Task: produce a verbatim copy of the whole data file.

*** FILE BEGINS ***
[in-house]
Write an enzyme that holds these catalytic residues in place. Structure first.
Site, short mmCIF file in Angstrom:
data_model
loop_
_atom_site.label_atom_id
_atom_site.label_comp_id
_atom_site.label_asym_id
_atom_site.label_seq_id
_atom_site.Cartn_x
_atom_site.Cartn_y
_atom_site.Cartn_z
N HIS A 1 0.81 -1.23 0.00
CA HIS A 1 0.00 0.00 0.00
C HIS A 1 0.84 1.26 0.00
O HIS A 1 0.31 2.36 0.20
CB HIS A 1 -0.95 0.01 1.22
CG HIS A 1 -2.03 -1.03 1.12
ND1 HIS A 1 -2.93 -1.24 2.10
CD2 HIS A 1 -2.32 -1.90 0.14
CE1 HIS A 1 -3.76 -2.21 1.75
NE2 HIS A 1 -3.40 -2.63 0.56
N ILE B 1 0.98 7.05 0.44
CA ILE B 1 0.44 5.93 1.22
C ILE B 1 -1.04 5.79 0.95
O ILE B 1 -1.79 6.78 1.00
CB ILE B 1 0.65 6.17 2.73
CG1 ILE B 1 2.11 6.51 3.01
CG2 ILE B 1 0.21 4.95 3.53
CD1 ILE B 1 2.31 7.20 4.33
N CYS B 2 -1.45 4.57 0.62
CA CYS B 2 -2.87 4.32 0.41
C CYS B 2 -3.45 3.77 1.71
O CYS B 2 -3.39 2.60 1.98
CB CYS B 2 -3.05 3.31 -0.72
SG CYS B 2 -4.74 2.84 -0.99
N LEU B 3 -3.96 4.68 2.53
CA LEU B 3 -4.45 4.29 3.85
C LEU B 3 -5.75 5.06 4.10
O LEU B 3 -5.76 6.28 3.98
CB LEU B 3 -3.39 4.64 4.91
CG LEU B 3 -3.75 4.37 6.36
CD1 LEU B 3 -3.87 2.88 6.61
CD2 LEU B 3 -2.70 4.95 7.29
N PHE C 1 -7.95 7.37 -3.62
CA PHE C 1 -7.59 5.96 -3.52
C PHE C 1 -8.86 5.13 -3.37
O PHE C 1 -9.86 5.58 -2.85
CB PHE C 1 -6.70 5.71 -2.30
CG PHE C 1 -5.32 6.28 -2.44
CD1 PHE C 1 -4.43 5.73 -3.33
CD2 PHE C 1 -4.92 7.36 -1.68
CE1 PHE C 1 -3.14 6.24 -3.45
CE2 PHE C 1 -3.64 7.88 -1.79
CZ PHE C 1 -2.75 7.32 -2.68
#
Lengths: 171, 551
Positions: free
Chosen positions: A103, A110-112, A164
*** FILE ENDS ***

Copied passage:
[in-house]
Write an enzyme that holds these catalytic residues in place. Structure first.
Site, short mmCIF file in Angstrom:
data_model
loop_
_atom_site.label_atom_id
_atom_site.label_comp_id
_atom_site.label_asym_id
_atom_site.label_seq_id
_atom_site.Cartn_x
_atom_site.Cartn_y
_atom_site.Cartn_z
N HIS A 1 0.81 -1.23 0.00
CA HIS A 1 0.00 0.00 0.00
C HIS A 1 0.84 1.26 0.00
O HIS A 1 0.31 2.36 0.20
CB HIS A 1 -0.95 0.01 1.22
CG HIS A 1 -2.03 -1.03 1.12
ND1 HIS A 1 -2.93 -1.24 2.10
CD2 HIS A 1 -2.32 -1.90 0.14
CE1 HIS A 1 -3.76 -2.21 1.75
NE2 HIS A 1 -3.40 -2.63 0.56
N ILE B 1 0.98 7.05 0.44
CA ILE B 1 0.44 5.93 1.22
C ILE B 1 -1.04 5.79 0.95
O ILE B 1 -1.79 6.78 1.00
CB ILE B 1 0.65 6.17 2.73
CG1 ILE B 1 2.11 6.51 3.01
CG2 ILE B 1 0.21 4.95 3.53
CD1 ILE B 1 2.31 7.20 4.33
N CYS B 2 -1.45 4.57 0.62
CA CYS B 2 -2.87 4.32 0.41
C CYS B 2 -3.45 3.77 1.71
O CYS B 2 -3.39 2.60 1.98
CB CYS B 2 -3.05 3.31 -0.72
SG CYS B 2 -4.74 2.84 -0.99
N LEU B 3 -3.96 4.68 2.53
CA LEU B 3 -4.45 4.29 3.85
C LEU B 3 -5.75 5.06 4.10
O LEU B 3 -5.76 6.28 3.98
CB LEU B 3 -3.39 4.64 4.91
CG LEU B 3 -3.75 4.37 6.36
CD1 LEU B 3 -3.87 2.88 6.61
CD2 LEU B 3 -2.70 4.95 7.29
N PHE C 1 -7.95 7.37 -3.62
CA PHE C 1 -7.59 5.96 -3.52
C PHE C 1 -8.86 5.13 -3.37
O PHE C 1 -9.86 5.58 -2.85
CB PHE C 1 -6.70 5.71 -2.30
CG PHE C 1 -5.32 6.28 -2.44
CD1 PHE C 1 -4.43 5.73 -3.33
CD2 PHE C 1 -4.92 7.36 -1.68
CE1 PHE C 1 -3.14 6.24 -3.45
CE2 PHE C 1 -3.64 7.88 -1.79
CZ PHE C 1 -2.75 7.32 -2.68
#
Lengths: 171, 551
Positions: free
Chosen positions: A103, A110-112, A164